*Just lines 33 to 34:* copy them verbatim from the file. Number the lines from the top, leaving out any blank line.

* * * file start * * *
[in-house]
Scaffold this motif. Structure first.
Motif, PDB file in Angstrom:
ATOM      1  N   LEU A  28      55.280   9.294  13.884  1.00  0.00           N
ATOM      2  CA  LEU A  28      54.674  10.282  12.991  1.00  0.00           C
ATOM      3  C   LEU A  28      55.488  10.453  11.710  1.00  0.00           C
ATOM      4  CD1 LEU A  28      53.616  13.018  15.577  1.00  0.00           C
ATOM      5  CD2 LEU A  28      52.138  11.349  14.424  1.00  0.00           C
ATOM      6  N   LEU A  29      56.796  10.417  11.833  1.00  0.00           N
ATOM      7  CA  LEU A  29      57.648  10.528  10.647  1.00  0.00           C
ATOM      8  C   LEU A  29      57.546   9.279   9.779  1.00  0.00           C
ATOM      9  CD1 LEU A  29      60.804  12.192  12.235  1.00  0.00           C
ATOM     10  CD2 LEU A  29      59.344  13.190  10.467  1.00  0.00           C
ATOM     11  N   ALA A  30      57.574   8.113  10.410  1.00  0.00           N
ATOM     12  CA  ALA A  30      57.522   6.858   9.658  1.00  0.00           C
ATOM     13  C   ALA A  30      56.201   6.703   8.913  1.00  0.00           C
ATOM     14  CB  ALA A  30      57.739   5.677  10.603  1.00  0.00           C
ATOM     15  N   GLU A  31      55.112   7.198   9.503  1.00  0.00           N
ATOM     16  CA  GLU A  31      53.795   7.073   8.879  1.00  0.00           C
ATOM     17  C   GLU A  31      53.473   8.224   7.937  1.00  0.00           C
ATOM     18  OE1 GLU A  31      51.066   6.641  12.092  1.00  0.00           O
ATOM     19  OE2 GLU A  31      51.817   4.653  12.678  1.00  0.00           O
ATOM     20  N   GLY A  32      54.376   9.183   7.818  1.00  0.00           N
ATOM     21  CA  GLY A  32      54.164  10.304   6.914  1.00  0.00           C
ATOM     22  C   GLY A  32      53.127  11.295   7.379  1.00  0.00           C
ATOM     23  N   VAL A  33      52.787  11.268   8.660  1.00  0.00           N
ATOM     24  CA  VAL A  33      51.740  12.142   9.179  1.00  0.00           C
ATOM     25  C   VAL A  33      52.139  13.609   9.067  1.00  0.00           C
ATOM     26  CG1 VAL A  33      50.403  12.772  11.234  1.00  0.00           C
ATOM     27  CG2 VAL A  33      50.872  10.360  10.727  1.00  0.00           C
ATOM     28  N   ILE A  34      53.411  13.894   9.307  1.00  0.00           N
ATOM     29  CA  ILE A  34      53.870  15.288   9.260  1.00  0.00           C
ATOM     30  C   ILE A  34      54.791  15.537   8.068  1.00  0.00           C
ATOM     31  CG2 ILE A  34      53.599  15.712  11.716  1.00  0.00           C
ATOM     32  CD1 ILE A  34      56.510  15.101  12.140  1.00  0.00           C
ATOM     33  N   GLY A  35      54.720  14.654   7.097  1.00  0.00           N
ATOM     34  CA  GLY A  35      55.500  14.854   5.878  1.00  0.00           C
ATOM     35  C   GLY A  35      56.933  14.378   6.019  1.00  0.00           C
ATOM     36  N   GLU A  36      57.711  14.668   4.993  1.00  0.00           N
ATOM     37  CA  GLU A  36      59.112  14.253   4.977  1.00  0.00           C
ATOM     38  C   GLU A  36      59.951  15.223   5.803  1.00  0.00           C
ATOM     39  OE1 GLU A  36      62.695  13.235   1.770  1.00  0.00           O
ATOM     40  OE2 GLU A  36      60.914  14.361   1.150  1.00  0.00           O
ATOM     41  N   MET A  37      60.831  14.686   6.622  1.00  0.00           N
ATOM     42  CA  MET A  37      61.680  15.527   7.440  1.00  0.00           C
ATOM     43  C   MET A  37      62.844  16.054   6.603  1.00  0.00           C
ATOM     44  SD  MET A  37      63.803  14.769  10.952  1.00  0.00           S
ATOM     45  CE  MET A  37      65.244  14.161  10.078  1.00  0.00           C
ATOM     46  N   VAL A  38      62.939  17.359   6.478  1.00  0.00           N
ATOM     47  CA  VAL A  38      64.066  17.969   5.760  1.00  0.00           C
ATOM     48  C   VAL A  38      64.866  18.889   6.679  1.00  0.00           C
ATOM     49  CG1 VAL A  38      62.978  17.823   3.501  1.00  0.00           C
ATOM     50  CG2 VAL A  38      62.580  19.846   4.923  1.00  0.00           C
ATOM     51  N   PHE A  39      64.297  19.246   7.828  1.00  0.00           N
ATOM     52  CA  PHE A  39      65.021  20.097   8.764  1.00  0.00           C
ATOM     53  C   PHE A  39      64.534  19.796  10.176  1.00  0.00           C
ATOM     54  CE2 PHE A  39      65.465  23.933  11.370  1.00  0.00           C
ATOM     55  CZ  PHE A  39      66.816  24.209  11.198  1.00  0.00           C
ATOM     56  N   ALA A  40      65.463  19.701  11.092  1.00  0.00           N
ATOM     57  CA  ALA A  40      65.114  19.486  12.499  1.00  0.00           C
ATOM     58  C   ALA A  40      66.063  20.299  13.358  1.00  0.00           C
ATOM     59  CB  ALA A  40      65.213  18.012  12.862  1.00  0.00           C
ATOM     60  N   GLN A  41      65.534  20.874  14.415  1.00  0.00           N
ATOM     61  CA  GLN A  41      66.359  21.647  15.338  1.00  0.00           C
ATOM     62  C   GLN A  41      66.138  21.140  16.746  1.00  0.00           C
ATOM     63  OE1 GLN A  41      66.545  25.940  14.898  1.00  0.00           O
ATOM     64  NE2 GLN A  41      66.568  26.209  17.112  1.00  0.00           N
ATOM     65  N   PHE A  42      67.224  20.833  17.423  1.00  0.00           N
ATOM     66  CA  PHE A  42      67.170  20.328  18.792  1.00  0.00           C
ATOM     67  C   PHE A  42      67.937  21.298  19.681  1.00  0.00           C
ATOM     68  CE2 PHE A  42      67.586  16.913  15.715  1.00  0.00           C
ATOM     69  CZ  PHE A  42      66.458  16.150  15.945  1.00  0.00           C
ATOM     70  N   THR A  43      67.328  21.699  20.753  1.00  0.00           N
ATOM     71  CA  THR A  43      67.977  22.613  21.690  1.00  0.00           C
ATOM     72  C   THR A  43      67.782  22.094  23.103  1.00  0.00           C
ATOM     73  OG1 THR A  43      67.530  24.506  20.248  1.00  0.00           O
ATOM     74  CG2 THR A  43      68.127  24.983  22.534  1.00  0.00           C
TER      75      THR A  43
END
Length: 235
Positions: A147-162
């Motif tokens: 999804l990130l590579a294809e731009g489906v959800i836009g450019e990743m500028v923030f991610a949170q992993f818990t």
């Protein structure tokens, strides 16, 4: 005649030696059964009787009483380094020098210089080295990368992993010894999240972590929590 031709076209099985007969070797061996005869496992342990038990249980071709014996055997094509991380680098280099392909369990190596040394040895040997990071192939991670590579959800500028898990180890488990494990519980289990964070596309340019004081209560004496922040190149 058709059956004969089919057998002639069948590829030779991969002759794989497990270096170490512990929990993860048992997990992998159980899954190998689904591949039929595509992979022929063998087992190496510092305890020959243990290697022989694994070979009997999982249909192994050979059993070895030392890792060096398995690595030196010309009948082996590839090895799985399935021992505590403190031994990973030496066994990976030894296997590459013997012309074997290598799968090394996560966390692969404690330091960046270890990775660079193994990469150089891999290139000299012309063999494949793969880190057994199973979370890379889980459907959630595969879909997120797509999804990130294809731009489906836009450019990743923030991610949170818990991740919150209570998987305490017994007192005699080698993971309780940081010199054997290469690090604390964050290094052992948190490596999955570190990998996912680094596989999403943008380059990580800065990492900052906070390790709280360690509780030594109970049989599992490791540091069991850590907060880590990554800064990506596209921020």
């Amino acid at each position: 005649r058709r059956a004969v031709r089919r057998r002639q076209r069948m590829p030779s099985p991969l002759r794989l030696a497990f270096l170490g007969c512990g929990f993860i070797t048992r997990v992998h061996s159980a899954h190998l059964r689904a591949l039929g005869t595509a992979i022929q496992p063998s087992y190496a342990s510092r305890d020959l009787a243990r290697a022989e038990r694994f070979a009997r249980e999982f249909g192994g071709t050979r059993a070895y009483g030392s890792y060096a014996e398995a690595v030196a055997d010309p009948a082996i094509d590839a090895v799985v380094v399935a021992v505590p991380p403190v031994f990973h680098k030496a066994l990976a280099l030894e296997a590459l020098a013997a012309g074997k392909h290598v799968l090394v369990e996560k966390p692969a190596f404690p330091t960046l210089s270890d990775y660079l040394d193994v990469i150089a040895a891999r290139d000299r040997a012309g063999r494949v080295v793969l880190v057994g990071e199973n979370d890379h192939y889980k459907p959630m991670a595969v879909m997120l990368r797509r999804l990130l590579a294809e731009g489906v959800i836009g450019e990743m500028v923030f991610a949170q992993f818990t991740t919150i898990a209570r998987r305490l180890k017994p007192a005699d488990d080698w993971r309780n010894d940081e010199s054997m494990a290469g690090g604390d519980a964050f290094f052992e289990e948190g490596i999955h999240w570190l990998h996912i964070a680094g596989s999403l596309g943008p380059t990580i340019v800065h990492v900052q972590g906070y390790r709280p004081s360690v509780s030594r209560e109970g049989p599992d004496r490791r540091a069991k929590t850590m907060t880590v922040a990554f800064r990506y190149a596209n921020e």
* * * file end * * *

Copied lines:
ATOM     30  C   ILE A  34      54.791  15.537   8.068  1.00  0.00           C
ATOM     31  CG2 ILE A  34      53.599  15.712  11.716  1.00  0.00           C